US Senator McCarthy accused countless people in Hollywood of being communists. Thousands lost their jobs. McCarthyism ended when he accused the Protestant Church as being a communist support group. He also attacked the US Army as having communists within it. The Army lashed back, exposing McCarthy as cruel, manipulative, and reckless and the public fervor against communists subsided.
The Spanish Inquisition lasted for over 350 years. It was originally conceived by King Ferdinand II as a way to expose and punish heretics and suppress religious dissent.
It was preceded by the French Inquisition and spread to other countries in Europe. At its height, it investigated, prosecuted, and sometimes burned alive some 150,000 people. The last execution was in 1826 – for teaching deist principles (deism, not Christianity, was the predominant religious belief of America’s founding fathers).
Crimes committed included blasphemy, witchcraft, immorality, and behavior unbecoming to a woman. (A woman’s role was seen as being limited to raising a family.) False denunciations were frequent and defendants were only rarely acquitted. The auto-da-fé, or public punishment, including groups of people being burned alive, provided an effective demonstration and satisfied the public’s desire for spectacle.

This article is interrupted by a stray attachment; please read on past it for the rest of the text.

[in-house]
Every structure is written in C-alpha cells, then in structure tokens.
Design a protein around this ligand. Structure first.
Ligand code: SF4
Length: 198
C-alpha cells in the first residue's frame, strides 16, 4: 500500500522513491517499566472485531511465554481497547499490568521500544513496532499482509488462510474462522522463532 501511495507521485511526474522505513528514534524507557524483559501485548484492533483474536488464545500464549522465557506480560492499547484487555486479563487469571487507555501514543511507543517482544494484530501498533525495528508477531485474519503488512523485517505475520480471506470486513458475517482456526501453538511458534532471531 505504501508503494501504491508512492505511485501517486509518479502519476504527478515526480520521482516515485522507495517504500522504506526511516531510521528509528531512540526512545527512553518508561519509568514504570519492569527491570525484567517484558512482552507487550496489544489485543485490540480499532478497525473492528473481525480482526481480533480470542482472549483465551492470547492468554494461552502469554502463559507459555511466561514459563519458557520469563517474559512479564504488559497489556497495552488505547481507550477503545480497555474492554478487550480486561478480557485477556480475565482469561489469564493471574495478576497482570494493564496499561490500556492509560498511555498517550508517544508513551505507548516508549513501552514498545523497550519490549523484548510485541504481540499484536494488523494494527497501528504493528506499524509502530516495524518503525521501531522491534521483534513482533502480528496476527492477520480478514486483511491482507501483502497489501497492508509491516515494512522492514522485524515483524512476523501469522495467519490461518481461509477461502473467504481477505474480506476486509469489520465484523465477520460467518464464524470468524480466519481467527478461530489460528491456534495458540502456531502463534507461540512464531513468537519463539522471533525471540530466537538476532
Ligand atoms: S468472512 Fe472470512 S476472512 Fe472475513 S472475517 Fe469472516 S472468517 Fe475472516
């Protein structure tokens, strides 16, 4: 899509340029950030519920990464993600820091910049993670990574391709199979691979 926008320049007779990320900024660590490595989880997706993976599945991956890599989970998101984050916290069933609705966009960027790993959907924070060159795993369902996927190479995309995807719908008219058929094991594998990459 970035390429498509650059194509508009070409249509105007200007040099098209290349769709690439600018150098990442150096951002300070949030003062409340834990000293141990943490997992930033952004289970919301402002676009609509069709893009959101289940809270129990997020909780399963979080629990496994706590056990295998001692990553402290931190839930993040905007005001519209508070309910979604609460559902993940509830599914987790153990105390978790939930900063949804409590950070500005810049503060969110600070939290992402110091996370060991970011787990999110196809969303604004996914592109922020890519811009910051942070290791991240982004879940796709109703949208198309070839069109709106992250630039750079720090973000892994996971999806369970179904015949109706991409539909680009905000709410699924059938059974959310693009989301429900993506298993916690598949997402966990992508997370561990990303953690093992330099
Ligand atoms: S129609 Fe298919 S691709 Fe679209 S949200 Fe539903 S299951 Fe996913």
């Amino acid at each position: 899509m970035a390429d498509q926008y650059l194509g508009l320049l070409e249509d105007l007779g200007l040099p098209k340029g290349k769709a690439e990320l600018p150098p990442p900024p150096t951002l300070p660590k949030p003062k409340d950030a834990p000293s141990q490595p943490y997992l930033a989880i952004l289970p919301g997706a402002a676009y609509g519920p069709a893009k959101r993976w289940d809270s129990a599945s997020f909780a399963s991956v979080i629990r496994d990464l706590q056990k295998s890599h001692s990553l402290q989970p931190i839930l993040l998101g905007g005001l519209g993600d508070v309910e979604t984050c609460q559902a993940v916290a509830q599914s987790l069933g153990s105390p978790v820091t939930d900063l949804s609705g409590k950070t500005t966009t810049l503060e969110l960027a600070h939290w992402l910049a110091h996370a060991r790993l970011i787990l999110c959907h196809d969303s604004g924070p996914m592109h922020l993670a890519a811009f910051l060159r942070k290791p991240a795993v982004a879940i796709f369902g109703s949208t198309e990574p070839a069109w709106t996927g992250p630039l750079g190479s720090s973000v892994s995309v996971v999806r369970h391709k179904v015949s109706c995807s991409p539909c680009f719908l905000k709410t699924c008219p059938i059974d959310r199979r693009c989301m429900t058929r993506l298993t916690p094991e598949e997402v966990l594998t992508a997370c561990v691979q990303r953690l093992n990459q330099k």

The inquisition finally ended when King Ferdinand VII and others came to regard the church’s power as being a threat to the government’s power and abolished it.
Others that used the Social Justice approach to great effect were China, Hungary, Romania, Czechoslovakia, Egypt (as recently as 2014), and Turkey (as recently as 2016).
And there are many more examples, far too numerous to mention.
In 1970, Monty Python did a series of sketches in which Michael Palin plays a cleric, saying, “Nobody expects the Spanish Inquisition.”
And, of course, this is true. The Spanish Inquisition, the Salem witch trials, the McCarthy hearings, and the present Social Justice trend, are so over-the-top that their very existence is clearly absurd.
However, historically, whether it be a political leader like Stalin or Hitler, or a religious organisation, like the Catholic Church, or the present-day, self-styled “Social Justice Warriors,” such campaigns begin through the desire for power over others. What they have in common is that anyone can be targeted, group accusations carry greater weight than individual accusations, and the punishment invariably exceeds the level of the offense, if, indeed, there is any unlawful offense at all.
The objective is to create fear. The initiative begins with finger-pointing and mild punishment, such as the loss of a job. But it evolves into a circus that often grows to include more serious punishment, sometimes including execution.
Vigilantism grows out of troubled periods when frustrations and resentment run high. Because it’s emotionally driven, not logic-driven, it almost invariably morphs into irrational victimisation… and is always destructive in nature.
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Fortunately, there are practical ways to escape the fallout of dangerous groupthink. Doug Casey has turned it into an art form. Find out more in Doug’s special report, Getting Out of Dodge.